Asteroid strike on Mars appears to be less likely
After first appearing to be on course for a spectacular collision with Mars, asteroid 2007 WD5 now appears less likely to hit the Red Planet later this month, scientists said Wednesday.
The chances of a collision Jan. 30 between Mars and the 160-foot-wide space rock are about 3.6%, according to Don Yeomans, manager of NASA’s Near-Earth Object Program at the Jet Propulsion Laboratory in La Canada Flintridge.
In late December, Yeomans said, the chance of a collision was as high as 3.9%. That was the best chance recorded by the 9-year-old Near-Earth Object office, which was set up to track objects that might threaten Earth.
Most of the time, astronomers in the office root against a collision. This time, they were hoping for one.
“The chances of it happening were always a longshot,” Yeomans said.
Even though a strike remains a possibility, the object’s most likely course will cause it to miss the planet by 22,000 miles. For space, that’s a near-miss; it’s about a tenth the distance that the moon is from Earth.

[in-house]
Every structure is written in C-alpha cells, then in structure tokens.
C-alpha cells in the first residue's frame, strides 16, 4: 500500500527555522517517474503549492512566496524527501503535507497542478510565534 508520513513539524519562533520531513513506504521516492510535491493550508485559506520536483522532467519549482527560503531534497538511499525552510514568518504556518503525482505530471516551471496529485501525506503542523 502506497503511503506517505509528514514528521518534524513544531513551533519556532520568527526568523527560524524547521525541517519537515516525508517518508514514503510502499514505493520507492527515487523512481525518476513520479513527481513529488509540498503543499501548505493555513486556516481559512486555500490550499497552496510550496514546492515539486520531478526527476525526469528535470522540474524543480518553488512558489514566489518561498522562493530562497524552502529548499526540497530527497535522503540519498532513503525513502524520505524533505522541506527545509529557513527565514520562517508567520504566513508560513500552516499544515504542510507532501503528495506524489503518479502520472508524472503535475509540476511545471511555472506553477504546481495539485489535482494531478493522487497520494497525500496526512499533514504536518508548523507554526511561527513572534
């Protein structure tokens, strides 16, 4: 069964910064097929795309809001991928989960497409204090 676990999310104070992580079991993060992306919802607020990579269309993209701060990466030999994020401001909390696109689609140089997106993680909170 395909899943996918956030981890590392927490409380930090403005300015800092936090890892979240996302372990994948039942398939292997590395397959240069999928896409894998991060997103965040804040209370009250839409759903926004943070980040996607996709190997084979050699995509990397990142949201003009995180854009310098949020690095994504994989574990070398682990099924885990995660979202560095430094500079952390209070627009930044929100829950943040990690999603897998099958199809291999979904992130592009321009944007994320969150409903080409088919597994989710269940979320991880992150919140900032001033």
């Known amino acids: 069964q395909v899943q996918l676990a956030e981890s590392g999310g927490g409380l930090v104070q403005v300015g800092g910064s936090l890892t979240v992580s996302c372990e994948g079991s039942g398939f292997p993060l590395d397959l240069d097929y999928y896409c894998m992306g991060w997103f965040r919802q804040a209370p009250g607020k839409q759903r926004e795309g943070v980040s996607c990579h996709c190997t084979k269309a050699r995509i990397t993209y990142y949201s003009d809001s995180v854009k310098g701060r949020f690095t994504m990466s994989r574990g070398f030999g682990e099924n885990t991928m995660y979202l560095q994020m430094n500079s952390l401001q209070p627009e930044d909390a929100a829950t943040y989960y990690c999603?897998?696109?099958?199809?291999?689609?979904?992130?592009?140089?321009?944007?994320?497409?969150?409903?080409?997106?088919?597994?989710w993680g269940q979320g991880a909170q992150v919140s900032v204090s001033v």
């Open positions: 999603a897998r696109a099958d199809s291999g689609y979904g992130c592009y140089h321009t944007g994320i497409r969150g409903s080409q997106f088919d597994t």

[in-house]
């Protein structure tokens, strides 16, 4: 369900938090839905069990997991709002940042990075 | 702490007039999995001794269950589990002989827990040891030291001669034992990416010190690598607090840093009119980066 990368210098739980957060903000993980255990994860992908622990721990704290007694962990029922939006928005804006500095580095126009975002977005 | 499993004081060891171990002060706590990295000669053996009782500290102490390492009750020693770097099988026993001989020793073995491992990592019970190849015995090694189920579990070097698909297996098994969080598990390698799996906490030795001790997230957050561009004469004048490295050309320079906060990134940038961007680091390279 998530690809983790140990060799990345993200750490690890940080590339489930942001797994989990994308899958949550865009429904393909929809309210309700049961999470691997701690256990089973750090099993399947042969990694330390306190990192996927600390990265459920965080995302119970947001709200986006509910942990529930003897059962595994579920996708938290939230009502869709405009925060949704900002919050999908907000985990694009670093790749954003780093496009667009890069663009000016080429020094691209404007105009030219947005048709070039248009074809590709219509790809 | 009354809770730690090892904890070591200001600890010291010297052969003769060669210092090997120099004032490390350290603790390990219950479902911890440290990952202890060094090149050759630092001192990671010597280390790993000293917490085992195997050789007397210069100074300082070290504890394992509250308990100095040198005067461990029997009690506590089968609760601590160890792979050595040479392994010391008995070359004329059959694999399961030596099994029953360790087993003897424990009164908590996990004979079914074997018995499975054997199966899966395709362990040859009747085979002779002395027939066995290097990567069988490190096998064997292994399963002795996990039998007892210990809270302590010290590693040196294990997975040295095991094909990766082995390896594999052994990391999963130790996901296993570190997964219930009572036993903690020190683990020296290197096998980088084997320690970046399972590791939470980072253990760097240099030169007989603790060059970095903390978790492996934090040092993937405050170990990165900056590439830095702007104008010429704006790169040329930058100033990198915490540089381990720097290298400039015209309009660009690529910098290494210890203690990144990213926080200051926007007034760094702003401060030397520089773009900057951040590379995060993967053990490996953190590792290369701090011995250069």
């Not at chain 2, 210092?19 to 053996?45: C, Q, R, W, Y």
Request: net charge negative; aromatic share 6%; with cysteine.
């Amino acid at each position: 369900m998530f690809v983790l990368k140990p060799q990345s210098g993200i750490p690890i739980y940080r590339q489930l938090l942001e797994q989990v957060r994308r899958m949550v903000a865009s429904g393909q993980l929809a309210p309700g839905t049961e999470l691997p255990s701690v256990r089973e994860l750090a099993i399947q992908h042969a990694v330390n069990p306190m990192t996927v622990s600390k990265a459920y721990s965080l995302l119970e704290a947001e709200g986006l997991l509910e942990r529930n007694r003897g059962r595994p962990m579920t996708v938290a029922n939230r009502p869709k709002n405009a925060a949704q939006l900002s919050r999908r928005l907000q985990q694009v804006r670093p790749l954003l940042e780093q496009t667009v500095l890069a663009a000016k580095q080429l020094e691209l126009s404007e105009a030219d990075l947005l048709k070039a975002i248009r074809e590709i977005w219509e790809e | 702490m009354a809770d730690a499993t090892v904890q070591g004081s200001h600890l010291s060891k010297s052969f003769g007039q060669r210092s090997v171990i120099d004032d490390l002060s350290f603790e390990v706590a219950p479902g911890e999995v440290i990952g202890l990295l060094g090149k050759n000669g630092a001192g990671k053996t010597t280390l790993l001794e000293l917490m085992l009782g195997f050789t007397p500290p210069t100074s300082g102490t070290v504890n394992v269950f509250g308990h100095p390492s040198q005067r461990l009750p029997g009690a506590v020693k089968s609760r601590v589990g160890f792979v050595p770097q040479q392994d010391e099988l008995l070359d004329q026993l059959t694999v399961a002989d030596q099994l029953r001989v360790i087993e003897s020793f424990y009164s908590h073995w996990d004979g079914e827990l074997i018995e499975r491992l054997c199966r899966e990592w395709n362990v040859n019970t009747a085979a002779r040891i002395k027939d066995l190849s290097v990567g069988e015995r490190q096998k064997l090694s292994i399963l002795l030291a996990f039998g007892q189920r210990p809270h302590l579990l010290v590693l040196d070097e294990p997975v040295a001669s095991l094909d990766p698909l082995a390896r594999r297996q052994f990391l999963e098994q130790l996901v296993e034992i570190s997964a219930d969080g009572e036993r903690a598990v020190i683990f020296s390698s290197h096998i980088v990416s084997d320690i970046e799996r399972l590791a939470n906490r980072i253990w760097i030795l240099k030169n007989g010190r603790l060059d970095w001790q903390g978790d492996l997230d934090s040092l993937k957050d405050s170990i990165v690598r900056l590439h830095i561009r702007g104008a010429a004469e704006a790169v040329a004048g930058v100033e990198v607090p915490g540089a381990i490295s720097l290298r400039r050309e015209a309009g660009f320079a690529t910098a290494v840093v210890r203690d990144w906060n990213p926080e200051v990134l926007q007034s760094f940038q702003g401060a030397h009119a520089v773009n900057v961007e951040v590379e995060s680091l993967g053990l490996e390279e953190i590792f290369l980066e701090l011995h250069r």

Were the asteroid to hit, it would provide a bonanza of scientific results. One of the two Martian rovers or the Mars Reconnaissance Orbiter would be able to study the impact.
Because the Martian atmosphere is so thin, 2007 WD5 would probably plummet to the ground, digging a half-mile-wide crater, according to Steve Chesley, an astronomer with the Near-Earth Object office.
The asteroid was spotted in late November.
To Yeomans, the incident shows just how crowded space is: “There’s a vast population of objects out there that routinely come close to Earth, and Mars.”